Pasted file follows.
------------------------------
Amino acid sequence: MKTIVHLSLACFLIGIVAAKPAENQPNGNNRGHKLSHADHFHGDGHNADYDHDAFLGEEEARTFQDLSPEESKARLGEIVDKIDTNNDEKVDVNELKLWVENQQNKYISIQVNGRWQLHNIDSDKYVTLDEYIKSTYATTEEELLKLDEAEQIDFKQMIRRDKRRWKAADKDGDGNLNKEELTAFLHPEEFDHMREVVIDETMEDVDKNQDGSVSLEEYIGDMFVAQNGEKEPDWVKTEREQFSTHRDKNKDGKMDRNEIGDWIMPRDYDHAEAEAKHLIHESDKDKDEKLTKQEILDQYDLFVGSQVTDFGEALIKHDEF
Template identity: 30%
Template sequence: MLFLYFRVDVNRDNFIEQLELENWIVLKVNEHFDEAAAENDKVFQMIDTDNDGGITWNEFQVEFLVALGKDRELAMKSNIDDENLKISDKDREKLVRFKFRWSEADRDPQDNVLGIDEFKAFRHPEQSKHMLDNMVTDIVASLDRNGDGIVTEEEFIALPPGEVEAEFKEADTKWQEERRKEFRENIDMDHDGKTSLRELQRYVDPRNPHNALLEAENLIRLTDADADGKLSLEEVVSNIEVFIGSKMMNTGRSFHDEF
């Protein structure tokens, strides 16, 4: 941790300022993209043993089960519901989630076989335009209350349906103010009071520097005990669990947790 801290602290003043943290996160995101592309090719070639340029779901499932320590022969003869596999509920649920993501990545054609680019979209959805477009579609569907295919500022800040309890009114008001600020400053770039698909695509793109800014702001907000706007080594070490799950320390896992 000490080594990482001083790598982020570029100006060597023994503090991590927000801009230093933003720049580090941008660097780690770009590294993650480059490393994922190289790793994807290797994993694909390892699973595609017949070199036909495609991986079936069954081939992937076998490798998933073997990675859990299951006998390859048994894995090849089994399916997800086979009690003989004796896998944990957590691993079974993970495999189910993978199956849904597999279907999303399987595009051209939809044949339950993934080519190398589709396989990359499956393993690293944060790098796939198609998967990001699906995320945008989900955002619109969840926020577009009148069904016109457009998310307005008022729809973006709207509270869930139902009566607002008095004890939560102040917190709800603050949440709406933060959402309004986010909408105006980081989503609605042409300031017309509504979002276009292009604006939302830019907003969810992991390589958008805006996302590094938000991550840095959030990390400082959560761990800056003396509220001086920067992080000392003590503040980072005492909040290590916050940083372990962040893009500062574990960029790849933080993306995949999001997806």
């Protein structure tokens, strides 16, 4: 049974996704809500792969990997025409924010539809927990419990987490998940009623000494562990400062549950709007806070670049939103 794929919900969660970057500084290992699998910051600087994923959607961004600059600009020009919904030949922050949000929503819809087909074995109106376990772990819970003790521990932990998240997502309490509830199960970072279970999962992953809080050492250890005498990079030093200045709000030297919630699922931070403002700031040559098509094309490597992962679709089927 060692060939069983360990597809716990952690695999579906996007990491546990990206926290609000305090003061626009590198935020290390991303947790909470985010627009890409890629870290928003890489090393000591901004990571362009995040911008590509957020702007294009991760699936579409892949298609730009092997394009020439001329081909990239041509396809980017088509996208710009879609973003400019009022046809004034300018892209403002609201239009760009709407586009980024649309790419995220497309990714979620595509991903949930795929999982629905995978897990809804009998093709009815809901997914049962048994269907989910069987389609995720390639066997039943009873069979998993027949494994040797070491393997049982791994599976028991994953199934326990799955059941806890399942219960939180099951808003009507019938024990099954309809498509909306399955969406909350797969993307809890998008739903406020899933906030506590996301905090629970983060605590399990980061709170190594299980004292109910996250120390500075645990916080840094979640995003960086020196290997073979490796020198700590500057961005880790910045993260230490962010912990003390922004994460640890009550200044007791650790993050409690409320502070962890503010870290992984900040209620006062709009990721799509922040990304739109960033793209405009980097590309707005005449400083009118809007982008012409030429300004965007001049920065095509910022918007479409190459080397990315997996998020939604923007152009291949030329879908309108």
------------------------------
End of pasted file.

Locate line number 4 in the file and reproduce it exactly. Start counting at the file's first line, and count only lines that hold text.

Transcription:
């Protein structure tokens, strides 16, 4: 941790300022993209043993089960519901989630076989335009209350349906103010009071520097005990669990947790 801290602290003043943290996160995101592309090719070639340029779901499932320590022969003869596999509920649920993501990545054609680019979209959805477009579609569907295919500022800040309890009114008001600020400053770039698909695509793109800014702001907000706007080594070490799950320390896992 000490080594990482001083790598982020570029100006060597023994503090991590927000801009230093933003720049580090941008660097780690770009590294993650480059490393994922190289790793994807290797994993694909390892699973595609017949070199036909495609991986079936069954081939992937076998490798998933073997990675859990299951006998390859048994894995090849089994399916997800086979009690003989004796896998944990957590691993079974993970495999189910993978199956849904597999279907999303399987595009051209939809044949339950993934080519190398589709396989990359499956393993690293944060790098796939198609998967990001699906995320945008989900955002619109969840926020577009009148069904016109457009998310307005008022729809973006709207509270869930139902009566607002008095004890939560102040917190709800603050949440709406933060959402309004986010909408105006980081989503609605042409300031017309509504979002276009292009604006939302830019907003969810992991390589958008805006996302590094938000991550840095959030990390400082959560761990800056003396509220001086920067992080000392003590503040980072005492909040290590916050940083372990962040893009500062574990960029790849933080993306995949999001997806």